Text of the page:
suture

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suture

 [soo´chur]
1. sutura.
2. a stitch or series of stitches made to secure apposition of the edges of a surgical or traumatic wound; used also as a verb to indicate application of such stitches.
3. material used in closing a wound with stitches. adj., adj su´tural.
Various types of sutures. From Dorland's, 2000.
absorbable suture a strand of material that is used for closing wounds and becomes dissolved in the body fluids and disappears; types include surgical gut, tendon, and some synthetics.
apposition suture a superficial suture used for exact approximation of the cutaneous edges of a wound.
approximation suture a deep suture for securing apposition of the deep tissue of a wound.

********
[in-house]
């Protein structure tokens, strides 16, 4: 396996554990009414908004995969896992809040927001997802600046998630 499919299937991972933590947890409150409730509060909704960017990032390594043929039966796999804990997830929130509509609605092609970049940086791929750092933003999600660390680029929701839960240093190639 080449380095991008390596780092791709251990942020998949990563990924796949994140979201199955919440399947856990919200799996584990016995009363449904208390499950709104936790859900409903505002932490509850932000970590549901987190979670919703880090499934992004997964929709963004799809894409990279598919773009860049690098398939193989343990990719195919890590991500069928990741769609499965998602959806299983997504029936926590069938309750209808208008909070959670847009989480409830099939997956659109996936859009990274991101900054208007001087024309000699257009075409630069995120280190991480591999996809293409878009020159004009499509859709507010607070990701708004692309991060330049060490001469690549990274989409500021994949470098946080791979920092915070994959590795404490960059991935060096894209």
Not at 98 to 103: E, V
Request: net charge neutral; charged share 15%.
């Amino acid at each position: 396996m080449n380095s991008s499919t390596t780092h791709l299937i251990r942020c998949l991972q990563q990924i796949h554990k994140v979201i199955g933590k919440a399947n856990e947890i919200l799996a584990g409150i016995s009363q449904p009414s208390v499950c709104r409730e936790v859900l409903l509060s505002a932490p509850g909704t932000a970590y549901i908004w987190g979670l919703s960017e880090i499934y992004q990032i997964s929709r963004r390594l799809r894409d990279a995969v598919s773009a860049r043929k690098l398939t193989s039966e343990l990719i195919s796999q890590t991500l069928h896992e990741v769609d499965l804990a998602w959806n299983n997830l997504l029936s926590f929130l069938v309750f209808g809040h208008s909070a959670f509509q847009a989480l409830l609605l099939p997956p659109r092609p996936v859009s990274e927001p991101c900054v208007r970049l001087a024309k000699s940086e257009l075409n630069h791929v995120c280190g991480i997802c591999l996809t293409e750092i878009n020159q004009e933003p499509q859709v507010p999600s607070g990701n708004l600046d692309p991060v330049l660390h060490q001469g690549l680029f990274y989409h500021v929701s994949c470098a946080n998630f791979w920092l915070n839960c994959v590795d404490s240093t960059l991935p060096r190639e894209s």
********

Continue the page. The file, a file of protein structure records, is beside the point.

buried suture one placed within the tissues and concealed by the skin.
catgut suture an absorbable suture made from surgical gut.
cobbler's suture double-armed suture.
collagen suture a suture made from the tendons of cattle, chemically treated, purified, and processed into strands; it is most often used in ophthalmologic surgery.
continuous suture one in which a continuous, uninterrupted length of material is used.
coronal suture the line of union between the frontal bone and the parietal bones.
cranial suture the lines of junction between the bones of the skull.
Czerny's suture
1. an intestinal suture in which the thread is passed through the mucous membrane only.
2. union of a ruptured tendon by splitting one of the ends and suturing the other end into the slit.
Czerny-Lembert suture a combination of the Czerny and the Lembert sutures.